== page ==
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Baking in the Basement Woodstove!


Earlier I mentioned I wanted to try to bake in the woodstove in the basement where I am living. It looks like this: (Wouldn’t it inspire you to try baking in it?)

It has been cold here as of late, so I fired it up and ran it all night long. There were some nice coals in the morning.

I had some Mill Grain bread proofing in my Brod and Taylor proofer: (not sure how I ever did without the proofer)


I started another small fire to get the oven hotter. The fire lasted about three hours. Then I raked out the largest coals. It was over 800F, went off the scale actually.



I waited only half an hour and it was already at 500F. I worried about that but I put the dough onto the stone (which broke in two places).



The above picture was without a flash, the same one below is with a flash:


I tested the temperature when the bread had been baking for 20 minutes because I could tell it wasn’t hot enough. It was already at 250F after such a short time. I left the bread in and shut the door and allowed it to “bake” for about two hours, since I had business in town.


When I got back, the bottom of the loaf was nicely brown and crunchy, the top never did get brown, but the loaf seemed baked through. The crust was nice and crunchy all around and the crumb was nice too. Not only did the top not brown but the oven spring was abysmal. Also the loaf did not hold it’s shape, not sure why that happened except the stone broke in two places and was uneven.

Well I wanted to see if it would work, but I know now,  that unless I line it with a type of brick that holds the heat, it is not a suitable baking oven. The heat fell off quickly inside the stove, but the surrounding bricks hold a gentle warmth for quite a while. Perhaps if I would have placed the loaf in when it was at the 800F mark, it would have done better.


I do have fun with these experiments. I hope you have fun with your baking experiments as well!

Happy Baking!



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  1. March 13, 2012    


    I love the idea of lining my existing woodstove fireplace insert with some firebrick and baking bread in it on a cold winter day (even though my fireplace insert is not so bread-friendly oven-like as your basement fireplace is, and the look of mine didn’t inspire me to do so before this). What sort of baking stone (how thick was it), that it broke in the heat? I assume you lit the fire on top of it, so it was exposed to the 800+ degrees – but possibly you just placed a cold stone into a hot oven?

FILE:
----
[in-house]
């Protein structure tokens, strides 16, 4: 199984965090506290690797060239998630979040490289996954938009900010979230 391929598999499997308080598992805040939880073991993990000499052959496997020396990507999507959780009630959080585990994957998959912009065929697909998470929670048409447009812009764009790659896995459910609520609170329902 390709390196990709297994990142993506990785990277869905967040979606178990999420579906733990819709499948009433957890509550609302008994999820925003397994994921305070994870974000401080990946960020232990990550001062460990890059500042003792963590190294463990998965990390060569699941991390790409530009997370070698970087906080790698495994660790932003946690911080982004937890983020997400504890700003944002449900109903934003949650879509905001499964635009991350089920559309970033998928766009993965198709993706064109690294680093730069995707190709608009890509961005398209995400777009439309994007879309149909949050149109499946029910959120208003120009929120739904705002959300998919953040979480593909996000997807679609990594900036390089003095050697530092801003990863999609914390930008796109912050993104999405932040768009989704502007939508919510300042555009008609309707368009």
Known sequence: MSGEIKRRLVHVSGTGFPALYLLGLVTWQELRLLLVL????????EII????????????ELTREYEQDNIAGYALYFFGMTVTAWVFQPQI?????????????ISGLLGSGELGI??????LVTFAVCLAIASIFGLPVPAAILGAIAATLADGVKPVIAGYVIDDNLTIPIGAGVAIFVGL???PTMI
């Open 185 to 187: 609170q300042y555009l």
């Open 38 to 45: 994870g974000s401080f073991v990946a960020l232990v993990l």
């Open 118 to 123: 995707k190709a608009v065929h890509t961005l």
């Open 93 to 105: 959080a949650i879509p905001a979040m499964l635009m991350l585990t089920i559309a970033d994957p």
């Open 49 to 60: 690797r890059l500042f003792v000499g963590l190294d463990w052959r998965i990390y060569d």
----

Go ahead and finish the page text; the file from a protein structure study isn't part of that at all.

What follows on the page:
Thinking “How would I do this with my woodfire insert?”, my thoughts ran thus:”I’ll have to put a layer of firebrick down before lighting the fire, and stand some firebrick on edge, all the way around” and “How will I put the temporary firebrick so that it arches over the loaf to provide downward heat?” and “perhaps a baking stone on top of the firebrick” and “but what if it cracks?” and “If I line the stove with that much firebrick, will there be enough room for wood, or later, bread?” and “for me, this wouldn’t work, dammit!” but then “Hey, one of my cast-iron Dutch Ovens will probably fit into the fireplace insert just fine…” and on and on.

    Thanks for the ideas, loved the look of your bread — very rustic and inviting — and very clever of you to radically extend the length of the baking in a rapidly cooling oven.

    Great blog!

  2. March 8, 2012    

    Darn it Theresa are you teasing us with that cool basement oven 🙂

  3. kollinkollin
    March 7, 2012    

    It looks fine!
    How about the taste, is this bread came out more delicious than the other one (from the electric oven)? 🙂

    • northwestsourdoughnorthwestsourdough
      March 7, 2012    

      Yes, it was very much nicer in my opinion. I am a crust person and I like a good crunchy, chewy, thick crust… it was all of that.

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